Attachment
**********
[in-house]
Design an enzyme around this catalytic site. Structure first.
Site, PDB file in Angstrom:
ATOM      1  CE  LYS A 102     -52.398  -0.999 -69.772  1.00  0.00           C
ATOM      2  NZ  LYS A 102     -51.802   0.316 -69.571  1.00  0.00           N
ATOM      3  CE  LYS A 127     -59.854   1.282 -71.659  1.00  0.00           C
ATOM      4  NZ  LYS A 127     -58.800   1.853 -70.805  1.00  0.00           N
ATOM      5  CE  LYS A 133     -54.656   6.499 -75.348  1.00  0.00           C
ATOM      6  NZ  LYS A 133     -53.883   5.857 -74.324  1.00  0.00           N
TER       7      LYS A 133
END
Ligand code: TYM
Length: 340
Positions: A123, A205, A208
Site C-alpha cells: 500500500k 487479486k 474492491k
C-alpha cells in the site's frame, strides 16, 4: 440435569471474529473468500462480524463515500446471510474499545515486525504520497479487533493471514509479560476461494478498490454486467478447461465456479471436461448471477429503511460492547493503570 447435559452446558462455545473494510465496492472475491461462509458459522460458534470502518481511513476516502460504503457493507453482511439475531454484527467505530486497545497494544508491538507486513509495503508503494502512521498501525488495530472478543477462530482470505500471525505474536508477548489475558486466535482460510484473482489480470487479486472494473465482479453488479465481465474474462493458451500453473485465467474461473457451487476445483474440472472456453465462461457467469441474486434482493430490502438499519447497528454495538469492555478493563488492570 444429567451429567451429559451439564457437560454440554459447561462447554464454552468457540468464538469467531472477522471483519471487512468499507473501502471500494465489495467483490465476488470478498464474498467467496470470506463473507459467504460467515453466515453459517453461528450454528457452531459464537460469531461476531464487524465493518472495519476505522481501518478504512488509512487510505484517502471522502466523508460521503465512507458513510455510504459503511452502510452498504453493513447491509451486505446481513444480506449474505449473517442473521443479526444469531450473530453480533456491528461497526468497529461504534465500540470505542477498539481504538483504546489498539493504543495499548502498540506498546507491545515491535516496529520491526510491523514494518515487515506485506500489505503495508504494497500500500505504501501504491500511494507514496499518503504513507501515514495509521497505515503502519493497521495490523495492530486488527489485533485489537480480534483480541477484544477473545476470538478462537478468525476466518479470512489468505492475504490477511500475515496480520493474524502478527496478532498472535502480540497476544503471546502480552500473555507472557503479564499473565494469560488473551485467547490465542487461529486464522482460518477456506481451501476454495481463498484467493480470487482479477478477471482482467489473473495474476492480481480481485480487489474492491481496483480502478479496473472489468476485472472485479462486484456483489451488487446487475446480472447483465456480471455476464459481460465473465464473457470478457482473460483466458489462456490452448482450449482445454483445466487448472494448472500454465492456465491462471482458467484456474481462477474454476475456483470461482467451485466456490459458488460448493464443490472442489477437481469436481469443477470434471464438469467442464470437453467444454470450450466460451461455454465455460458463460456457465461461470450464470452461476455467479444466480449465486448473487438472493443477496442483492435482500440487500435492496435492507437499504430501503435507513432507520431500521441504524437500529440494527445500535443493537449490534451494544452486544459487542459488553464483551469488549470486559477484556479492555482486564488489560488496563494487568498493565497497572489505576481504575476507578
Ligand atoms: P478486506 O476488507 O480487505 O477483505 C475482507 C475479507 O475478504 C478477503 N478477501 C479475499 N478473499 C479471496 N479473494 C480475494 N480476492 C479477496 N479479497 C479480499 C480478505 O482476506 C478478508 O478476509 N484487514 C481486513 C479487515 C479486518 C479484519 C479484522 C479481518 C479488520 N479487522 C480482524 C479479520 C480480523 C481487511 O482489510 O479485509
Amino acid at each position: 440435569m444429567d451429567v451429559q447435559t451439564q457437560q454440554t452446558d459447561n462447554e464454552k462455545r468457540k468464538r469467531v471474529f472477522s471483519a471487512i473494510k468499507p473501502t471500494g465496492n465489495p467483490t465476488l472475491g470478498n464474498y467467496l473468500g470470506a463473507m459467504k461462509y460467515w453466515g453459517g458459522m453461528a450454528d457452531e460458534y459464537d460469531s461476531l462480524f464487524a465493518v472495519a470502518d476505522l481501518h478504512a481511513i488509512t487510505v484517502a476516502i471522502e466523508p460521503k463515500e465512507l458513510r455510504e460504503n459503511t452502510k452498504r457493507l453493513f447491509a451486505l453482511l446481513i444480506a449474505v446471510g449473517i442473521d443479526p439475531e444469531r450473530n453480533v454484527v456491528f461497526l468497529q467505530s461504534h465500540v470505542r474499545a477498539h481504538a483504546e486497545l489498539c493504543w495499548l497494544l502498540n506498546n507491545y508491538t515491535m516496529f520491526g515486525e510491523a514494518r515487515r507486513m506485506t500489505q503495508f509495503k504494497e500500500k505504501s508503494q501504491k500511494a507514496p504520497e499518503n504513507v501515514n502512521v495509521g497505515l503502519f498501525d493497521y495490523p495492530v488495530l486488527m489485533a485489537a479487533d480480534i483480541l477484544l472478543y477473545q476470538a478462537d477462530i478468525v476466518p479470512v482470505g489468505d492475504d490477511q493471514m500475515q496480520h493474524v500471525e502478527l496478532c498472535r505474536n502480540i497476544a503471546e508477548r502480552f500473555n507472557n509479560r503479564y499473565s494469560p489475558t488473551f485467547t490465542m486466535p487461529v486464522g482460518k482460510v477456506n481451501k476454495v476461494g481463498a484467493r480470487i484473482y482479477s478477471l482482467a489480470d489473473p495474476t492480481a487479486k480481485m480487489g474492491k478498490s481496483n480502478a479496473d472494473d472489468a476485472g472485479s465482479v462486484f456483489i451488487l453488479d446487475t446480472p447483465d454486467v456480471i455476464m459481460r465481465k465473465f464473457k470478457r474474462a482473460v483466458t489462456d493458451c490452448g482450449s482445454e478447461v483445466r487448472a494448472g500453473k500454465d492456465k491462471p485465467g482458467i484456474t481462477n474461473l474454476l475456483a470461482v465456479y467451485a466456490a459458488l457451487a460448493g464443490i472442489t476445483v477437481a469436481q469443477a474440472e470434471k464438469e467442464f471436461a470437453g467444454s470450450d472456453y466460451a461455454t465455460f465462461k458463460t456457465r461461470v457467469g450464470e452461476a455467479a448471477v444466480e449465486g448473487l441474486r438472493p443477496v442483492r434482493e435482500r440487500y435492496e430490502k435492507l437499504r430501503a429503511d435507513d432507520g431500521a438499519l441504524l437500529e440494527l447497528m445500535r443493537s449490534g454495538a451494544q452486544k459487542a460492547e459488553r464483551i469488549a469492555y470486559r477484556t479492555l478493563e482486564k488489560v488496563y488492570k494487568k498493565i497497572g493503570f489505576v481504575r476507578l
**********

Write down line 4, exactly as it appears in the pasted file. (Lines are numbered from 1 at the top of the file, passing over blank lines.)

ATOM      1  CE  LYS A 102     -52.398  -0.999 -69.772  1.00  0.00           C